Tuesday, March 3, 2009

Meeting the needs of indigenous and Torres Straits people

This is the second post about the eMentoring handbook I am developing. In the previous post "Developing resources in plain English", I considered the challenges of developing resources in language that everyone can understand.

The other issue I need to consider is how to ensure the handbook meets the needs of the audience who are indigenous or Torres Straits people, making sure that the handbook is culturally appropriate.

I have to admit that my knowledge of matters pertaining to the indigenous and Torres Strait people of Australia is limited. And I think that it is vital that I do not make the assumptions that indigenous people are uneducated and illiterate. That clearly would be a huge mistake and quite erroneous.

Nevertheless, I know that there are many indigenous staff who work in aged and community care as care givers, who have not had the advantages that I have had, and consequently their literacy levels are not what they should be, through no fault of their own.

Cultural appropriateness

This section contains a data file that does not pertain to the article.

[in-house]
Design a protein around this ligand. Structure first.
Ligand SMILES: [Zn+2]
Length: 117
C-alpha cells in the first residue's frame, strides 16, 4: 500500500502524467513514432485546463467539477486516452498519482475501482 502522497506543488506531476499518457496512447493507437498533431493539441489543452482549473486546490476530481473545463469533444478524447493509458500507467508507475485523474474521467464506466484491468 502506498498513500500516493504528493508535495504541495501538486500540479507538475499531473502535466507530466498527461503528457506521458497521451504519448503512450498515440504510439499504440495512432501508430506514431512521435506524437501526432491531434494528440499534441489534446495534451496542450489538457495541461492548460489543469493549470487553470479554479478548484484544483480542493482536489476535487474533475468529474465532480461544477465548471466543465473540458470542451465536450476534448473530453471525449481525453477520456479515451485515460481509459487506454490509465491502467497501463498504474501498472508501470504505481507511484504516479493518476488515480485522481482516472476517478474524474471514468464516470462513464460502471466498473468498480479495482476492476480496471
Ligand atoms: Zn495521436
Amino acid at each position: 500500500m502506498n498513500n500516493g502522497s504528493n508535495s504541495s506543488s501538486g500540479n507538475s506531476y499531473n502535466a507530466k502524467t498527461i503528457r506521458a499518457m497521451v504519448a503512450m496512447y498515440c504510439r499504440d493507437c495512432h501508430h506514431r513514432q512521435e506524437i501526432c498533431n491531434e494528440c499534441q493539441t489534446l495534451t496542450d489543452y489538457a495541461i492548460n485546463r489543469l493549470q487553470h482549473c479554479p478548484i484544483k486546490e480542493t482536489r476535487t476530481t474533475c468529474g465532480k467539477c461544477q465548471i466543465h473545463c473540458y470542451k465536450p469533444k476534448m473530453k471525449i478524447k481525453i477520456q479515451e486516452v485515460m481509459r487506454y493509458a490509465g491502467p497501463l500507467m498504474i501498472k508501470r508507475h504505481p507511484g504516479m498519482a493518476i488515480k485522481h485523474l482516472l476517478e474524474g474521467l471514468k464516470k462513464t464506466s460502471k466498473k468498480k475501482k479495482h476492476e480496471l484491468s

I am very mindful that this eMentoring project must be culturally appropriate, and I am very privileged to have people advise me about how to do this.

As for the handbook, as well as making sure that the text is written in plain English, I have been advised to use plenty of images. Yet at the same time, I must ensure that they are a mix of images, not all western-centric.

If you work with, or are of indigenous or Torres Strait decent, I would love you to have a look at the handbook and give me feedback. What is important for me to consider - how can I ensure that the eMentoring handbook meets the needs of indigenous or Torres Strait people? Where is a good place to get aboriginal images that I could use? What is the culturally appropriate way of working with aboriginal images?

Image: 'Bach Beach'
www.flickr.com/photos/23783085@N00/1565861408 Cam Pervan


Leigh Blackall said...

This recent documentary series put out by SBS will help you appreciate the history of interaction between the first australians and european migrants.

Sarah Stewart said...

Thank you, Leigh.

I am getting mixed messages from people here. Some advisers talk a lot about reduced literacy of indigenous workers, which must be taken into consideration, and made special allowance for.

At the same time, other feedback from indigenous workers themselves is that they do not want to be treated any differently than anyone else.

So it will be a 'trick' to get the balance right.

Sarah Stewart said...

Thanks to @mebuell for this link to a document called : Cultural Competency and Safety:
A Guide for Health Care Administrators,
Providers and Educators